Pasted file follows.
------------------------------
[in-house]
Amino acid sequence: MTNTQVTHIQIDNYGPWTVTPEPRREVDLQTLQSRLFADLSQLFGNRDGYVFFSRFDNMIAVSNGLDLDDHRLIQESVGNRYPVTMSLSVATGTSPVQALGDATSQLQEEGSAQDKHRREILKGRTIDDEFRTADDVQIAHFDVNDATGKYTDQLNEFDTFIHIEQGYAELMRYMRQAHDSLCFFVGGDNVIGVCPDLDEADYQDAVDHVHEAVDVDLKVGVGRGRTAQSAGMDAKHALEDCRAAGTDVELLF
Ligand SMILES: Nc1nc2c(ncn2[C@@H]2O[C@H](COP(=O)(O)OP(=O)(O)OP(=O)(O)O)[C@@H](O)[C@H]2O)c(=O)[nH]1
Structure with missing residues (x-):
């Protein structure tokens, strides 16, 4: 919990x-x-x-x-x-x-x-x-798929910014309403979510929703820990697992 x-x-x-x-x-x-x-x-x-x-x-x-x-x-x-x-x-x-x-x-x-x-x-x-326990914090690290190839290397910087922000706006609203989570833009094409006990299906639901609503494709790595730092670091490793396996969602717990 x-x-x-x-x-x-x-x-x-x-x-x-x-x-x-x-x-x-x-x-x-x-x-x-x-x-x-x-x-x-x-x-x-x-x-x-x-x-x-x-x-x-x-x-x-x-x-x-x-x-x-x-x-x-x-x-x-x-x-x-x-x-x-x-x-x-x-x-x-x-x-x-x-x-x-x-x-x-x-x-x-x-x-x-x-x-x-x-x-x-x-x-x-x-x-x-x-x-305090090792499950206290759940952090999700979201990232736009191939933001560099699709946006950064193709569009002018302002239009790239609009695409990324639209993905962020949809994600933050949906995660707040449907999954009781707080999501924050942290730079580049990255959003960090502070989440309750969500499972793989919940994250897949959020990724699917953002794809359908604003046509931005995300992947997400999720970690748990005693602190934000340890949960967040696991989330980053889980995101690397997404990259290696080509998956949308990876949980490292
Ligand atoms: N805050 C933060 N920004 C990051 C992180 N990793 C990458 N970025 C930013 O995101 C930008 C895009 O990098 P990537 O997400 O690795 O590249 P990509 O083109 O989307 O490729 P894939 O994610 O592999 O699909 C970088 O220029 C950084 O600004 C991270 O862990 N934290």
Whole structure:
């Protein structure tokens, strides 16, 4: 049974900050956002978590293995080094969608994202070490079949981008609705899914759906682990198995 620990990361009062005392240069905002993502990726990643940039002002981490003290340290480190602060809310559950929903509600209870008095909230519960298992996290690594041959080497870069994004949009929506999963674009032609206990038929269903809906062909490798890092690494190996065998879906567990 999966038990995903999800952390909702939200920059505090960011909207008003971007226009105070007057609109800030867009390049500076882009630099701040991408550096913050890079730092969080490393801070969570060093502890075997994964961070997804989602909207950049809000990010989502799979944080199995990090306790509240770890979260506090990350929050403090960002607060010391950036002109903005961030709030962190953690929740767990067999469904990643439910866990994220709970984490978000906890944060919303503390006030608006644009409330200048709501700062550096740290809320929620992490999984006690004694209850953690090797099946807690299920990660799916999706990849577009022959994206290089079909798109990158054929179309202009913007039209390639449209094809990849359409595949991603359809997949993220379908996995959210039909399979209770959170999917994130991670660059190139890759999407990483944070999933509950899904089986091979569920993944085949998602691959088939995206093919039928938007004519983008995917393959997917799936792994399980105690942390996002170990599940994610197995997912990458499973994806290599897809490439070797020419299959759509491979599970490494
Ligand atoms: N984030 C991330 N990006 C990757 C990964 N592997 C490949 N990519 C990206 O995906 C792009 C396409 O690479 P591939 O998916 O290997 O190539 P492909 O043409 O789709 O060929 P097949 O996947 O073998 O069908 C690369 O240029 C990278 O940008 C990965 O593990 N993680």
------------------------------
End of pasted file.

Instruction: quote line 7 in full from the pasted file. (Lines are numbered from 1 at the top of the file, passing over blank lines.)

Whole structure: